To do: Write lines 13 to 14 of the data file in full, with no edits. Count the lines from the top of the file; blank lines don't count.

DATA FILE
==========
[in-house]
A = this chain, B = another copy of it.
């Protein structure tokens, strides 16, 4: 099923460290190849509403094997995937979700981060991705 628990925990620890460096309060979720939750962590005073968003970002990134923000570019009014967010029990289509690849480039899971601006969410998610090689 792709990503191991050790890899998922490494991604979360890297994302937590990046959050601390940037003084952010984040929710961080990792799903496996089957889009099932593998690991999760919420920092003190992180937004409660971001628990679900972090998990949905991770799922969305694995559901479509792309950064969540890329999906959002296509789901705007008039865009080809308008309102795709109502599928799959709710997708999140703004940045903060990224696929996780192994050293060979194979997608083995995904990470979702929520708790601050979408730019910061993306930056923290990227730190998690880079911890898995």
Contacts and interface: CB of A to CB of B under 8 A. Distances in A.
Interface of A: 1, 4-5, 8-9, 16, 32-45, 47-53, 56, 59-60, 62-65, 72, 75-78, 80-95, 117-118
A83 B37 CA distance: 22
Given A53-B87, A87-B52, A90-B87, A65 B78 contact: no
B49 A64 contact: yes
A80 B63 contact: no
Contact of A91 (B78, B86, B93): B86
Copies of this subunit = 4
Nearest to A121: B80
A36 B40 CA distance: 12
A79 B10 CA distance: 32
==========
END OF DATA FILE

A36 B40 CA distance: 12
A79 B10 CA distance: 32